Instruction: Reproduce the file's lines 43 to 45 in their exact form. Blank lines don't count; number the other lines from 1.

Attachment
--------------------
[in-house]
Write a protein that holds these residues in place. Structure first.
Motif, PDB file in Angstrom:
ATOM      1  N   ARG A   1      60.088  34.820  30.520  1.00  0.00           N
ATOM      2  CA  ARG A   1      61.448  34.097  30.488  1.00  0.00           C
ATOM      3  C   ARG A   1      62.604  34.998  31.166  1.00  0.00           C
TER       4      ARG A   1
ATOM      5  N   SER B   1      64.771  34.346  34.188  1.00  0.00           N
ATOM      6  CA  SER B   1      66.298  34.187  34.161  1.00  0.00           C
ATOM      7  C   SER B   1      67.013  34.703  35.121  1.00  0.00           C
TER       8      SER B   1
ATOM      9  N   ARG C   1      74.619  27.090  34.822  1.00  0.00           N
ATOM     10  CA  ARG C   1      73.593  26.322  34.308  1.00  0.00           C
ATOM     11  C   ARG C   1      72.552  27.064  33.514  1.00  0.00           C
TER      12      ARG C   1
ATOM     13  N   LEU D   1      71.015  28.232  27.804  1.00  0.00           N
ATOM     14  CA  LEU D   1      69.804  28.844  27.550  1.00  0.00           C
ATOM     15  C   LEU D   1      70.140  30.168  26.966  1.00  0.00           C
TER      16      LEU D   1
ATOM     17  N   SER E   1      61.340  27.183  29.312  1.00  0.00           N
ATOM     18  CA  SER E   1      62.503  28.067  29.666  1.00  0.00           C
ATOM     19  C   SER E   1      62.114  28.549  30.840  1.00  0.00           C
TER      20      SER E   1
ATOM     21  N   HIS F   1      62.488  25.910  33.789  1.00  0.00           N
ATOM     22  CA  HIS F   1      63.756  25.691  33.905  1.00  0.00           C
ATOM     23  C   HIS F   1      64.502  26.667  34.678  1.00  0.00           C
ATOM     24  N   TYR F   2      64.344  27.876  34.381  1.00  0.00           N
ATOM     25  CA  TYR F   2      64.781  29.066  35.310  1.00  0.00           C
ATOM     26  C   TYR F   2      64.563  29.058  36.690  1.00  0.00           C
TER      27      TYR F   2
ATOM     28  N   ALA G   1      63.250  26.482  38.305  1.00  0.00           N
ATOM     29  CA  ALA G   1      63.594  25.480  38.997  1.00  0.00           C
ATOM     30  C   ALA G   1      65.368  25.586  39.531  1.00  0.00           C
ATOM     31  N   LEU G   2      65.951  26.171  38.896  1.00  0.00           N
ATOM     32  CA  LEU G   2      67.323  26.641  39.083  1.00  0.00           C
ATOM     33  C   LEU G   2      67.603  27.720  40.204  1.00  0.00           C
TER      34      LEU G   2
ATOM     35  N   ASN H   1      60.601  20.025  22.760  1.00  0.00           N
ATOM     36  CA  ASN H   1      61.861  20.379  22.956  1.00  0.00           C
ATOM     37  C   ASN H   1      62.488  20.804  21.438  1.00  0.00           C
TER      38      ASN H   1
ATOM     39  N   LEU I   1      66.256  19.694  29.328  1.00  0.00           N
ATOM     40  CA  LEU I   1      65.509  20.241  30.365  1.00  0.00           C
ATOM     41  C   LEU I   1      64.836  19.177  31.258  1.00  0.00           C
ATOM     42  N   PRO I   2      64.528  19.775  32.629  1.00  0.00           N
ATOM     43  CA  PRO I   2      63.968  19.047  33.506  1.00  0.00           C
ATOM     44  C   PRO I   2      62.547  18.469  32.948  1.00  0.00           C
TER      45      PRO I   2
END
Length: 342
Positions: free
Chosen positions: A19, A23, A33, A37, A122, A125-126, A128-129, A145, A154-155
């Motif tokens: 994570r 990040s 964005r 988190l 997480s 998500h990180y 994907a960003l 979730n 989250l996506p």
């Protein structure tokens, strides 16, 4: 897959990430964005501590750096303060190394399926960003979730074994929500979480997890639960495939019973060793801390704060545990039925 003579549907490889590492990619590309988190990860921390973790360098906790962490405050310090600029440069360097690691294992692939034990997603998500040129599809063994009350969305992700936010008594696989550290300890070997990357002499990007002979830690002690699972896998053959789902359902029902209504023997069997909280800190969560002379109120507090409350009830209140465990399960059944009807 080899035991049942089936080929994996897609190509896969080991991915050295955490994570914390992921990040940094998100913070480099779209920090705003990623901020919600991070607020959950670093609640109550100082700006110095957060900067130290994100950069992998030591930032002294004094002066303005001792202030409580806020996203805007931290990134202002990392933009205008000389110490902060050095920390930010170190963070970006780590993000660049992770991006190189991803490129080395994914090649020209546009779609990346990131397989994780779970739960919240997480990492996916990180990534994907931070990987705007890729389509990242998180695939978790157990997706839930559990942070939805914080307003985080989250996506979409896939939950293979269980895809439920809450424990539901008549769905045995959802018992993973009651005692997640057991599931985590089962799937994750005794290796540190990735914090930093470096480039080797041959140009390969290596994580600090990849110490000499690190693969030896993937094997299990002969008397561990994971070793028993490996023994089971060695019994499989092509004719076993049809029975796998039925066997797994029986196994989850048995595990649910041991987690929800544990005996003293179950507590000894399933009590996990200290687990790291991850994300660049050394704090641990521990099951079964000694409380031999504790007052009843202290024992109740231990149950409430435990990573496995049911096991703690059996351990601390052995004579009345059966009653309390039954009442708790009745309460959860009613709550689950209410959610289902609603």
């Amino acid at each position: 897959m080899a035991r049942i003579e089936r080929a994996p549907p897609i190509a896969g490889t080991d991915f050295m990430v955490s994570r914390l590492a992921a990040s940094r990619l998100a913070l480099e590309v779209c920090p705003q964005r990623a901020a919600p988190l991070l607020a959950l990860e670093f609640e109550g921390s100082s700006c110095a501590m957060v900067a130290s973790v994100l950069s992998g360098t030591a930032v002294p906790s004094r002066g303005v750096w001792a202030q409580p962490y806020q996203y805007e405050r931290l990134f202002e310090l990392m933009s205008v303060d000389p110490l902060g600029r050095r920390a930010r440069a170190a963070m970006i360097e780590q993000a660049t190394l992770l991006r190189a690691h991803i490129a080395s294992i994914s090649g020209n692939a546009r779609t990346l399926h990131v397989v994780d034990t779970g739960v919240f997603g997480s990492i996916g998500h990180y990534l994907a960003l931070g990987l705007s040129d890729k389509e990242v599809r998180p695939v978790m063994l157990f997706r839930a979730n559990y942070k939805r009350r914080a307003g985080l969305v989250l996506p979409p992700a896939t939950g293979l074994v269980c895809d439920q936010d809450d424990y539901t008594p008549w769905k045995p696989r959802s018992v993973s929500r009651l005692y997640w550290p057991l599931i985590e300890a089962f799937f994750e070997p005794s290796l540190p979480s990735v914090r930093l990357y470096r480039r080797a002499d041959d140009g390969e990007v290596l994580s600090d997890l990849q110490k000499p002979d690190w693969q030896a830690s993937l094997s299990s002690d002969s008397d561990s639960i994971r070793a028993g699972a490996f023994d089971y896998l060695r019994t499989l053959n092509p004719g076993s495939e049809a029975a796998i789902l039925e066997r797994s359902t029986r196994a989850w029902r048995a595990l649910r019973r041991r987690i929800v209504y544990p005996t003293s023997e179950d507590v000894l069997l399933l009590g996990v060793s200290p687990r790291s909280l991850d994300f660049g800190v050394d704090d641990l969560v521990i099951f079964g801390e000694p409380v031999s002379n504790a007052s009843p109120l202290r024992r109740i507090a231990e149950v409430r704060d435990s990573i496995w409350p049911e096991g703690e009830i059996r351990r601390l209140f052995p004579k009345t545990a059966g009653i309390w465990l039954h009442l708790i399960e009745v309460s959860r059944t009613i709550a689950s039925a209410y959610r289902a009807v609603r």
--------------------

ATOM     40  CA  LEU I   1      65.509  20.241  30.365  1.00  0.00           C
ATOM     41  C   LEU I   1      64.836  19.177  31.258  1.00  0.00           C
ATOM     42  N   PRO I   2      64.528  19.775  32.629  1.00  0.00           N